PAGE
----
Survival in patients infected with HIV has increased markedly with the advent of HAART, with one study reporting a survival of 32.5 years versus 7.5 years before HAART (J Antimicrob Chemother. 2007;60:461-463). Increased survival may lead to an increased population of HIV-positive patients with NSCLC and, as noted above, patients with HIV are underrepresented in clinical trials of NSCLC treatment, with many trials using HIV status as an exclusion criterion. The authors recommend this must be changed to answer important questions in this population.
Dr. Ramalingam agrees, stating, “The majority of the ongoing studies in cancer patients exclude HIV patients on HAART therapy due to lack of data regarding drug-drug interactions. There is a clear need to study the tolerability and efficacy of commonly used anticancer agents in the HIV patient population.”
“At present, there is one prospective trial for HIV-infected patients with lung cancer that is ongoing in Europe including patients under 65 years old. I am not aware of any results from this study as of yet. I would suspect that HIV-infected patients with NSCLC under the age of 65 would fare well. Younger age has generally been shown to be associated with a better clinical outcome in lung cancer, and therefore I would expect that trend to hold in the HIV-infected population. However, this is conjecture at this point, without solid evidence,” says Dr. Rengan.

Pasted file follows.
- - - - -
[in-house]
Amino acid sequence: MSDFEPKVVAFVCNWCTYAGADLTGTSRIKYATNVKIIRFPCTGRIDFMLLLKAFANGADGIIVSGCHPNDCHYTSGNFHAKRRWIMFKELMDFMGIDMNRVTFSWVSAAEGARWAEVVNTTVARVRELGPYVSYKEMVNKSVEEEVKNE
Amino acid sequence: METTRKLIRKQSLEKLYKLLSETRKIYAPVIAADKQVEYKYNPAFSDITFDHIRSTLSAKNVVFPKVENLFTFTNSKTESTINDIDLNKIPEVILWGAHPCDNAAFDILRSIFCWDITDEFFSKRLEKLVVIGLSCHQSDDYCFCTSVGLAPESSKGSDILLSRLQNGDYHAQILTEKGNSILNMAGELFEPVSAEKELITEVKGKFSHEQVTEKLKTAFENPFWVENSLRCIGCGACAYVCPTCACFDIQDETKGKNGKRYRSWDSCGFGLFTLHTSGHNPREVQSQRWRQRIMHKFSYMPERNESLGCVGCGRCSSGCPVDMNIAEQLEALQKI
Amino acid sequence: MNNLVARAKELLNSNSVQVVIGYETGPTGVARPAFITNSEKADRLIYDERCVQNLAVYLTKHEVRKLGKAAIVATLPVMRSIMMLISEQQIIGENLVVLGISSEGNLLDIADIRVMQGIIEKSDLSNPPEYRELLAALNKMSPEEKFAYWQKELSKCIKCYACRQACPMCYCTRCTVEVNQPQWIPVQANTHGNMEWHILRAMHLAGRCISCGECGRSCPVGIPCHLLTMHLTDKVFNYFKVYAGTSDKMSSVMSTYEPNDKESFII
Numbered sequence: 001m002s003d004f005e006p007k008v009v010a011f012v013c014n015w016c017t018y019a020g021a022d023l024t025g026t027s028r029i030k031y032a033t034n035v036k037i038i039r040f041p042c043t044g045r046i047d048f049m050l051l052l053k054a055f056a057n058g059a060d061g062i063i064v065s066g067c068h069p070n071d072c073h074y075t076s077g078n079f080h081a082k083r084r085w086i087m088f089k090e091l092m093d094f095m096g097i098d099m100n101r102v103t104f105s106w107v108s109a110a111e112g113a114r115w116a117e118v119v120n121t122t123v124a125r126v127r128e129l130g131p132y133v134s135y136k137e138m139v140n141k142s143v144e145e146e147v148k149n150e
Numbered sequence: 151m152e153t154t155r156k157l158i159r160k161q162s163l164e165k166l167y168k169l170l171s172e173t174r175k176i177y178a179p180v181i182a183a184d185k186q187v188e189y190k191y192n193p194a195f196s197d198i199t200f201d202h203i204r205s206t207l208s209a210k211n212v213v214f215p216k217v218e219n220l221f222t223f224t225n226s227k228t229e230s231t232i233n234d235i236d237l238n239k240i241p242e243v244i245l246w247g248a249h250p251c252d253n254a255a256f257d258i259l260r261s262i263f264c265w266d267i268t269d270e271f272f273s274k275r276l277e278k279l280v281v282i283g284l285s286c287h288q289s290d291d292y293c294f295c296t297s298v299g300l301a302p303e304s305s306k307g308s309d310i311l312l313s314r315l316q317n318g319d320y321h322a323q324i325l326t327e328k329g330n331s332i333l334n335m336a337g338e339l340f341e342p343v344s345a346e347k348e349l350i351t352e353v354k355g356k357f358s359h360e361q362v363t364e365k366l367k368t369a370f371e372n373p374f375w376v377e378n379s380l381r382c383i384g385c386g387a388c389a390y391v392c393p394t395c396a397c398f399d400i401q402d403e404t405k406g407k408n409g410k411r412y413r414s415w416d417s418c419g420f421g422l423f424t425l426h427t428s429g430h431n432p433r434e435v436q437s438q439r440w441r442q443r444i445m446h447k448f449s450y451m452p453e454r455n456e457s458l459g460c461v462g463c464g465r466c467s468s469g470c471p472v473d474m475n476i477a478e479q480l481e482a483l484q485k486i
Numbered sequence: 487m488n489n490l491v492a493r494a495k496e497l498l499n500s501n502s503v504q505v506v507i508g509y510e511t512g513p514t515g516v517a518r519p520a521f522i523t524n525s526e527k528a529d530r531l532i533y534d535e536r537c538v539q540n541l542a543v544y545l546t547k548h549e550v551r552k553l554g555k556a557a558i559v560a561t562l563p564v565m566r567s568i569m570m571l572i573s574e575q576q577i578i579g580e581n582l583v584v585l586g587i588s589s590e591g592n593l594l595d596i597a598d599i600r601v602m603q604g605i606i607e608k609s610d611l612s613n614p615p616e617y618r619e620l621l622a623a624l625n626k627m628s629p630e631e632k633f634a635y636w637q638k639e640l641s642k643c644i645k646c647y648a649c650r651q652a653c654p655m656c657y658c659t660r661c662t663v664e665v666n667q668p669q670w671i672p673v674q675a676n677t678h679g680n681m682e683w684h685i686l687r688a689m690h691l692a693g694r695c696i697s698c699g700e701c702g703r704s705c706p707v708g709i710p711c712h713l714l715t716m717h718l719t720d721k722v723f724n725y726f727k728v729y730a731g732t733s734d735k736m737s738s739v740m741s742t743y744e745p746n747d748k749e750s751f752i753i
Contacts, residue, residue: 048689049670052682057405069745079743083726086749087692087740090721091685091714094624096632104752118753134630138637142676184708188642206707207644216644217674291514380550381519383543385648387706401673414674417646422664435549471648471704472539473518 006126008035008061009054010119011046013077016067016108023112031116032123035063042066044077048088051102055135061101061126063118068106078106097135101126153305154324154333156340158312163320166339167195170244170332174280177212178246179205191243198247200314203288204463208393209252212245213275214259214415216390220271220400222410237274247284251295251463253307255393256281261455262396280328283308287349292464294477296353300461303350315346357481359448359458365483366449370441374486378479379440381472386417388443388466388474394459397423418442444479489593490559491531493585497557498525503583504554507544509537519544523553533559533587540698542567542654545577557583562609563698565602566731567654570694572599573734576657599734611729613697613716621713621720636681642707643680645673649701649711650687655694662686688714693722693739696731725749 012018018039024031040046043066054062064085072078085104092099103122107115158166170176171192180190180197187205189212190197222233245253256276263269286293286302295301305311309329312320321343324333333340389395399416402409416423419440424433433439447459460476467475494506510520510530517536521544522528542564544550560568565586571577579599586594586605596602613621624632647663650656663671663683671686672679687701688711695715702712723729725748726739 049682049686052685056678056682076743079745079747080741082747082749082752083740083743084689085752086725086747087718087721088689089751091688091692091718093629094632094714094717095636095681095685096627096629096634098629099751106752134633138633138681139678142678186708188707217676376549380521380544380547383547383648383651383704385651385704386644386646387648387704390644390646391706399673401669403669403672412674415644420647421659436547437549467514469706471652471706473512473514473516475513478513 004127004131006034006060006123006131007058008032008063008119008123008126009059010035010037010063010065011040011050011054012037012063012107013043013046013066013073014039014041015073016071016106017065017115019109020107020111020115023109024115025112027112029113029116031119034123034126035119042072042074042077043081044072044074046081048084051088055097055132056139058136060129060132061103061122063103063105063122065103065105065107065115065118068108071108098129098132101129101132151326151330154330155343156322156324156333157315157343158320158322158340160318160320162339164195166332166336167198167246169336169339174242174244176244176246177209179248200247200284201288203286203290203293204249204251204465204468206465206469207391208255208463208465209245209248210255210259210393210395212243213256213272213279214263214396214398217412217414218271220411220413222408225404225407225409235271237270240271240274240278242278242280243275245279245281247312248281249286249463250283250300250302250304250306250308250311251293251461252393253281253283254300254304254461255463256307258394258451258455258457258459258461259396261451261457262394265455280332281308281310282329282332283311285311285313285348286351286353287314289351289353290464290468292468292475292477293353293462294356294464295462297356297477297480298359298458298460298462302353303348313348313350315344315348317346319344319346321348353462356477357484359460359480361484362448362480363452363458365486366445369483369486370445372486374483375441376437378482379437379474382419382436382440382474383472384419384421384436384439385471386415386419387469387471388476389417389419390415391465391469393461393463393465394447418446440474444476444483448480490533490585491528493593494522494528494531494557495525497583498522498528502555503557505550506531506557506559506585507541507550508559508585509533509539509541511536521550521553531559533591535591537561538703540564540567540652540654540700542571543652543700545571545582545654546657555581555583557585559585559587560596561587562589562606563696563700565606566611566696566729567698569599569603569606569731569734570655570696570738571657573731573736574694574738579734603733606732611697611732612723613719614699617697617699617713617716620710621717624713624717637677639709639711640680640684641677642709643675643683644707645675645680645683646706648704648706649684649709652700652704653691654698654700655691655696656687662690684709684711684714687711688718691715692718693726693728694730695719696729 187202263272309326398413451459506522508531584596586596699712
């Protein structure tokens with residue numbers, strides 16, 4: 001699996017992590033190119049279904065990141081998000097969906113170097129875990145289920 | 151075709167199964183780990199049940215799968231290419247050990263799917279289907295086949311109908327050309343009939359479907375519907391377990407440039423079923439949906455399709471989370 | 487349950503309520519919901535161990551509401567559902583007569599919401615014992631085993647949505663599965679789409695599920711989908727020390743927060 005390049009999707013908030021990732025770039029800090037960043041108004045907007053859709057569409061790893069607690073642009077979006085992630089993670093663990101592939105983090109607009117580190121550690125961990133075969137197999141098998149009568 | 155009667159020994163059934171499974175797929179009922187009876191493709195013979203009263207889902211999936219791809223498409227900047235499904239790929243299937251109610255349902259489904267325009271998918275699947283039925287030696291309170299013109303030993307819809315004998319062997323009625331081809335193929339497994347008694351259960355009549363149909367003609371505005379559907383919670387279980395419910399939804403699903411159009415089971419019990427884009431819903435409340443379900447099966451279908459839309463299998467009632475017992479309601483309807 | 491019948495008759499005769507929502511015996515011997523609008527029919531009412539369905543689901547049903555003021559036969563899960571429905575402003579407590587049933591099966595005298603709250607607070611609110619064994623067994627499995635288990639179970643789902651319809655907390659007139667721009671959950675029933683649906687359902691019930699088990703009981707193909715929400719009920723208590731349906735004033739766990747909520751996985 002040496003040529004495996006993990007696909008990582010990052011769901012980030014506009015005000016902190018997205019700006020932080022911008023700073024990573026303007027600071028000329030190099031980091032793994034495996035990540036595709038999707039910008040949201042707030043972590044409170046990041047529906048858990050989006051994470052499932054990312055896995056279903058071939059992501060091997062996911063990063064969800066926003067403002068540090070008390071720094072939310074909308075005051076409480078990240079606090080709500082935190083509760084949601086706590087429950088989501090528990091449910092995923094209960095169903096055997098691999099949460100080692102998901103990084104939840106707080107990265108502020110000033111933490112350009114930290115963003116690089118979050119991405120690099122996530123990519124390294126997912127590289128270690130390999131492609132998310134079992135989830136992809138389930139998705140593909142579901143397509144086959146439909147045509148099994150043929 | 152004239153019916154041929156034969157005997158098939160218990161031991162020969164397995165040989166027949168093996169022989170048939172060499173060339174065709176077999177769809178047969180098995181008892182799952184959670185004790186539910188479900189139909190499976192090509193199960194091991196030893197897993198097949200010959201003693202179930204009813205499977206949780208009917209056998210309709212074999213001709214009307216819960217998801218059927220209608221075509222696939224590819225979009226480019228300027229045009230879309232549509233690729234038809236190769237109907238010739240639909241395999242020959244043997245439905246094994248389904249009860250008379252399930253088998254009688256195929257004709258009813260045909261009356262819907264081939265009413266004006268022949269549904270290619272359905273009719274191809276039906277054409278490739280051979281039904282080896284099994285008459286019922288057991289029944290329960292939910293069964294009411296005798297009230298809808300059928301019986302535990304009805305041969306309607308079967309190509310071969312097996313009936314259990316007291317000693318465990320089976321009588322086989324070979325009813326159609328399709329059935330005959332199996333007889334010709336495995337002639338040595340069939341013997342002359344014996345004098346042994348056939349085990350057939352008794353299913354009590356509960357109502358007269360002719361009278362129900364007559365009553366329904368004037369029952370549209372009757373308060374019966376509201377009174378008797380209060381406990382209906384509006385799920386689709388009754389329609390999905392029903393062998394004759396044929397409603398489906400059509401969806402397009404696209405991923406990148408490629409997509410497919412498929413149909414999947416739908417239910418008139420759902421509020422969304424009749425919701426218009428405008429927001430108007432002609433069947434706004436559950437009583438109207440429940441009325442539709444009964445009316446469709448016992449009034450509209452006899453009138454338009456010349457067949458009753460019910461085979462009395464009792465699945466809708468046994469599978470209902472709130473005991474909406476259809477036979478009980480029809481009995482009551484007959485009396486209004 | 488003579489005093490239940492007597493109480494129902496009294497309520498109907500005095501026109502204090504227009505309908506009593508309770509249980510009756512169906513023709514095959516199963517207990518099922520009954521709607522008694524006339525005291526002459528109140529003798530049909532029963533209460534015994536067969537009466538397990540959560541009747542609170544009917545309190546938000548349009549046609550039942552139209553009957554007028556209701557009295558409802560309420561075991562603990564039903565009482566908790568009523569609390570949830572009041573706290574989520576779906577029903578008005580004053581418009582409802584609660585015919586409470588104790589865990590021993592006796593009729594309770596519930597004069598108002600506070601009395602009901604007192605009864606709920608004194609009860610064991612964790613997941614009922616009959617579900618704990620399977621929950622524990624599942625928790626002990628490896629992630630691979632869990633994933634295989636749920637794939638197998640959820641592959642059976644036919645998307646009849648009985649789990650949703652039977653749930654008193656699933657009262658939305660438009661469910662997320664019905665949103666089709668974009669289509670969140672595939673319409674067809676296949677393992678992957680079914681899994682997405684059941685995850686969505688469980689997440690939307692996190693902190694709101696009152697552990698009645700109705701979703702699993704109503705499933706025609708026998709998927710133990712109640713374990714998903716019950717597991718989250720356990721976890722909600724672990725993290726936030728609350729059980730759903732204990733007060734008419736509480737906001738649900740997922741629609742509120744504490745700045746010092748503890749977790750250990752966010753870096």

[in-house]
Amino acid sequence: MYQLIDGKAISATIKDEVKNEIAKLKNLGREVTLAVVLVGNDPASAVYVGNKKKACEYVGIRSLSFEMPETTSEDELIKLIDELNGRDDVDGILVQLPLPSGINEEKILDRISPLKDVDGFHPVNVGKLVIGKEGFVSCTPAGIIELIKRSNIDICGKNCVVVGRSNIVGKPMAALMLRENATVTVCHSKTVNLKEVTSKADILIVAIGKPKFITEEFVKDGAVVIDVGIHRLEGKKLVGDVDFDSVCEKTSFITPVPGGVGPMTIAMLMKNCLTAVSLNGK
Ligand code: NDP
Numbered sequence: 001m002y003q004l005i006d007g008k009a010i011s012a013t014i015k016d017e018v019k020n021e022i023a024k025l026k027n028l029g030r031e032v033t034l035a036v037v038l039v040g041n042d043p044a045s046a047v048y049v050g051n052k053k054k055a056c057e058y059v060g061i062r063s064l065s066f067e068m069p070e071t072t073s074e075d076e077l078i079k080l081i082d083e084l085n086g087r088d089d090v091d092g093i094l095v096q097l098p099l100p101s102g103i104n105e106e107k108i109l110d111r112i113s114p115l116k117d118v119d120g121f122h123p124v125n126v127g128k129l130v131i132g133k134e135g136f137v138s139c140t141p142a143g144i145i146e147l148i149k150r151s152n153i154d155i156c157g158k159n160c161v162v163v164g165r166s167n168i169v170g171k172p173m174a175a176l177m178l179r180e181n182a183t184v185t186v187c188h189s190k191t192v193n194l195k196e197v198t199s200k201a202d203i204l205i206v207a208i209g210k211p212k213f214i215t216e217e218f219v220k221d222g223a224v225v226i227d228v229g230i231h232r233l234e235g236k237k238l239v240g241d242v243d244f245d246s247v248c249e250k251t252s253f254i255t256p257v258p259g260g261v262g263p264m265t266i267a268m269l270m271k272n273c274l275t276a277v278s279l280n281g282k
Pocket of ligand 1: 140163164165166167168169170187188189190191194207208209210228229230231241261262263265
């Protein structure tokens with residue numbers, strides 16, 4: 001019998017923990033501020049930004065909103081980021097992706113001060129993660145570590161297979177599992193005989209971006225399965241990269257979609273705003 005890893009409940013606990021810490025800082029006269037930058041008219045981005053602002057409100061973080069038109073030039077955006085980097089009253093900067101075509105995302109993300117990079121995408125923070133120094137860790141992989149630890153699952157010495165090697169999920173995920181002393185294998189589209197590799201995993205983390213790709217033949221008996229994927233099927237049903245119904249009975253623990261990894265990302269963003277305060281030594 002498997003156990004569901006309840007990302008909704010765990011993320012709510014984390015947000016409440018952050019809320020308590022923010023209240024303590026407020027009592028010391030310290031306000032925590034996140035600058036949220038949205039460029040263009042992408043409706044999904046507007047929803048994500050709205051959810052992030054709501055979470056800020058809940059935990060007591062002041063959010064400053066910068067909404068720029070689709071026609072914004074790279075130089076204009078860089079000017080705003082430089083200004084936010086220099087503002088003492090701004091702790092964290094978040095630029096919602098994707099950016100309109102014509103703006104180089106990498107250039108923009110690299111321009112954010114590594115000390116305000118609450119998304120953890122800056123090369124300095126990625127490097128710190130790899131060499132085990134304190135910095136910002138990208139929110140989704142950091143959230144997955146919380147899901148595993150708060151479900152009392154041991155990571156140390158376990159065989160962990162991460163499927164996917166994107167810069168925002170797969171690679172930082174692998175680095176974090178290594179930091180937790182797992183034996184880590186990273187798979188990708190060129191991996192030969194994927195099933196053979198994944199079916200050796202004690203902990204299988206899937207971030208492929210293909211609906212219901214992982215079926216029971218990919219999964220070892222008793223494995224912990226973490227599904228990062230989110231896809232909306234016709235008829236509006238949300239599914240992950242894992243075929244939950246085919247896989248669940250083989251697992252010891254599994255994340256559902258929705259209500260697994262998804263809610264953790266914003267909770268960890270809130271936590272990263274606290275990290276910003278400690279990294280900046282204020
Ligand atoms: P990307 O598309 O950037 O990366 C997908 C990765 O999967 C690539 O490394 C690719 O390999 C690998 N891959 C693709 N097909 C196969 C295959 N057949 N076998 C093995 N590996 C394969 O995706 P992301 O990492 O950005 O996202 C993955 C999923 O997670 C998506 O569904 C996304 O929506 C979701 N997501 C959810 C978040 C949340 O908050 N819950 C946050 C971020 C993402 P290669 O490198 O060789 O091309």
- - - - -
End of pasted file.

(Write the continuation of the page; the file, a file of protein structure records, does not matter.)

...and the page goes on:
Other research questions for the HIV population relate to the elucidation of the biology of NSCLC and the available and emerging targeted therapies. “We still do not have definitive information regarding the prevalence of molecular abnormalities such as epidermal growth factor receptor (EGFR) mutation [or] EML4-anaplastic lymphoma kinase (ALK) translocation in the HIV patient population with lung cancer. It will be important to understand if there are significant biological differences between HIV-infected and non–HIV-infected lung cancer patient populations,” concludes Dr. Ramalingam.